It is taking on the contours of the diplomatic crisis the clash between France and the United Kingdoms following the shipwreck in the English Channel of a migrant boat, in which 27 people lost their lives, including a pregnant woman and three children. The French Minister of the Interior, Gerald Darmanin, in fact, canceled the meeting, scheduled for Sunday in Calais, with the English counterpart Priti Patel.
Johnson’s letter to Macron: “Take back the migrants”
At the basis of the decision, which the French broadcaster gave an account of BfmTv, there would be a five-point letter sent by the British premier Boris Johnson to the French president Emmanuel Macron, in which London asked France to “take back” the migrants attempting to cross the English Channel. Last night Johnson anticipated the contents of the letter with Tonight I have written to President Macron offering to move further and faster to prevent Channel crossings and avoid a repeat of yesterday’s appalling tragedy which claimed the lives of at least 27 people.
, where he then published the same document on government letterhead. Already close to the tragedy Johnson had said that “we have some difficulty in persuading some of our partners, in particular, the French, to do all the things that we believe the situation requires”.
Tonight I have written to President Macron offering to move further and faster to prevent Channel crossings and avoid a repeat of yesterday’s appalling tragedy which claimed the lives of at least 27 people.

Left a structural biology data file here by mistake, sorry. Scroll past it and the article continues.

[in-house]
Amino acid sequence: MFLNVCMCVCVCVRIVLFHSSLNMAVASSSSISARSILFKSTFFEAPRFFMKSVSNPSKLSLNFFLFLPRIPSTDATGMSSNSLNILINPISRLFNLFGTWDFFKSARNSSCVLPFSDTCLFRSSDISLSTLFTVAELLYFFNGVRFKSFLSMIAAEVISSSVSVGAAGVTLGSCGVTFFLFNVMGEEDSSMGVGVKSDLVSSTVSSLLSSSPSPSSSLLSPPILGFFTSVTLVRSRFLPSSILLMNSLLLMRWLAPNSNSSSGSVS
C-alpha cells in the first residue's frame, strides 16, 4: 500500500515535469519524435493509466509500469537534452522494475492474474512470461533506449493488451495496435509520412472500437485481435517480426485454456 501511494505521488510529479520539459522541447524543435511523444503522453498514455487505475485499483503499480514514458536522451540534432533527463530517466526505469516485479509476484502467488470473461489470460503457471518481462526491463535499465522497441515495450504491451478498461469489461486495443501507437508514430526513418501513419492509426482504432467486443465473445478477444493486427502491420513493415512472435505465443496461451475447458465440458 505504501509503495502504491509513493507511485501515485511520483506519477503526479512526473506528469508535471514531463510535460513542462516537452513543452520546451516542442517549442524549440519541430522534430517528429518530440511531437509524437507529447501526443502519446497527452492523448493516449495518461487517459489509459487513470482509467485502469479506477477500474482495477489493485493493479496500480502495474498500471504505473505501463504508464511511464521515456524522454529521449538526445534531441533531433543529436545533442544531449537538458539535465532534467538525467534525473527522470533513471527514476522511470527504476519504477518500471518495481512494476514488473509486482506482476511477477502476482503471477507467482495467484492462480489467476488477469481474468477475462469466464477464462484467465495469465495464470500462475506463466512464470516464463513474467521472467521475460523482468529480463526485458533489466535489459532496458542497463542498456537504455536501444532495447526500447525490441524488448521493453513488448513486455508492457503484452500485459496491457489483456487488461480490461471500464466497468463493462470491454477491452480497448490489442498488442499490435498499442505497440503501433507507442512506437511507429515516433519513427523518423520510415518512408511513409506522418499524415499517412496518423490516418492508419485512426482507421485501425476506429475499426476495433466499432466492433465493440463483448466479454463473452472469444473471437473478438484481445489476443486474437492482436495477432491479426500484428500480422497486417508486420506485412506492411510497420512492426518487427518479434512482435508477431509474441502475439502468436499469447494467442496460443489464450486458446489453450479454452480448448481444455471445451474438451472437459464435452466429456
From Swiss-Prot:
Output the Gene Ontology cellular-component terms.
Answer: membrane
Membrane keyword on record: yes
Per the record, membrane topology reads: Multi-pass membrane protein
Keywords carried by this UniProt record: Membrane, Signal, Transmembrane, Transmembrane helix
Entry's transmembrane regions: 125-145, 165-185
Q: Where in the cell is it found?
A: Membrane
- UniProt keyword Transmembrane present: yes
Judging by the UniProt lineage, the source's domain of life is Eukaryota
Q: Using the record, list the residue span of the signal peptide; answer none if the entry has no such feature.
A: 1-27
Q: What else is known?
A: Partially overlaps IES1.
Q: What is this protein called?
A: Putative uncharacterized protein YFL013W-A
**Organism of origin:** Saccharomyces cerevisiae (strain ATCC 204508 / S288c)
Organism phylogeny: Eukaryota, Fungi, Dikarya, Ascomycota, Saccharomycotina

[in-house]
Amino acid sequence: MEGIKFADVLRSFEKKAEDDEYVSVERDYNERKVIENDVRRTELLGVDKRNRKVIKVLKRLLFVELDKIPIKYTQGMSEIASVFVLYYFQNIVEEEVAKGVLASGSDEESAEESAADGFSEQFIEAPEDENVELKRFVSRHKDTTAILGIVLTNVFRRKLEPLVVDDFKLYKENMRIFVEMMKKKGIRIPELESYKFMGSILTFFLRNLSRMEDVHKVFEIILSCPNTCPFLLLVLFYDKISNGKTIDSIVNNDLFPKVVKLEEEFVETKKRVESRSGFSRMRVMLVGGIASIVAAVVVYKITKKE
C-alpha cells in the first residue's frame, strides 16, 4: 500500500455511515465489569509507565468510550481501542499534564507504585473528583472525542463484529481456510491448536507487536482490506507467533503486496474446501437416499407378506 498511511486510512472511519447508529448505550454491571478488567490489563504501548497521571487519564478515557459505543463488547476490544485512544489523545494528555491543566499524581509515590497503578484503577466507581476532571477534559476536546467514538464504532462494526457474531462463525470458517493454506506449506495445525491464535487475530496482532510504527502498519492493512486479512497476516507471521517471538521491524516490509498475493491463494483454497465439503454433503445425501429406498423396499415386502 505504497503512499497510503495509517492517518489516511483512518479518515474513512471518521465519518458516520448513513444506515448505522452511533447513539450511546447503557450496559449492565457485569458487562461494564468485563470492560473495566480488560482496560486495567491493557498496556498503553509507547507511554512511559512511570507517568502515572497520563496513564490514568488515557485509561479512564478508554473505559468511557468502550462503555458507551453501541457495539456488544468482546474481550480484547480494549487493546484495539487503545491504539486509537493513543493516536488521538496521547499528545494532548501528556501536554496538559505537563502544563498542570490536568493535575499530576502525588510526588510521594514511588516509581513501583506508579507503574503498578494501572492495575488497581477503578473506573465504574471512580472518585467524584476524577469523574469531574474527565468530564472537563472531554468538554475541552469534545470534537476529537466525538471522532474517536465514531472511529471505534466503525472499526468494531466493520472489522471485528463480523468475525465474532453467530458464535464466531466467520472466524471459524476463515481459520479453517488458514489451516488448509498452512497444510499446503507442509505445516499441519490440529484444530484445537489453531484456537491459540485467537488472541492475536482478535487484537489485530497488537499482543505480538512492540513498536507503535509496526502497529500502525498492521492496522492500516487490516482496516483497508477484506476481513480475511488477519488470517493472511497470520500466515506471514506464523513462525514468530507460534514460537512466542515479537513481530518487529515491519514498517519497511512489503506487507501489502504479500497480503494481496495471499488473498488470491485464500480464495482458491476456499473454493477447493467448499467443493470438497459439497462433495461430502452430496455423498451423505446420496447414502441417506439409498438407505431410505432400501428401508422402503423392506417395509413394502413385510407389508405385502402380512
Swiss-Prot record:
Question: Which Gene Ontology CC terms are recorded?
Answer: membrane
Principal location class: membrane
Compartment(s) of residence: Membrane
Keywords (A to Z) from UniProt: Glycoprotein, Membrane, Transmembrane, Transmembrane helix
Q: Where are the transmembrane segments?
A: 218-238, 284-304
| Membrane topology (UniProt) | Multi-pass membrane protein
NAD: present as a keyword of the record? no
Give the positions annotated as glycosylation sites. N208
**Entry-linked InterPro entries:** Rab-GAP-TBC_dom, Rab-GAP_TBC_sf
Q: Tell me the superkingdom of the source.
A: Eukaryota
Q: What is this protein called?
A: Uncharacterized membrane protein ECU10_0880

The irritation of the Elysée: “The British are serious”
The Elysée did not hide all of his irritation for the affair. “The British are serious, I’m amazed by the method, you don’t communicate via tweet”, commented Macron, who had already leaked in the evening that he had accepted the letter as a delusion”, while the fact that Johnson had it made public “it’s even worse”. Then the French government spokesman thought about it, Gabriel Attal, to define the letter “poor in substance and totally out of place in form”. Attal, moreover, an interview with the same BfmTv, he commented saying that “there is too much talk”.
The London reply: “Proposed in good faith”
on your part Great Britain, through the Minister of Transport Grant Shapps, explained that the proposals put forward were “in good faith” and asked France to “reconsider” the decision to cancel the Calais meeting. “It is in everyone’s interest” to tackle together the increase in attempts to cross the Channel, underlined the minister, inviting Paris to “Work closely”.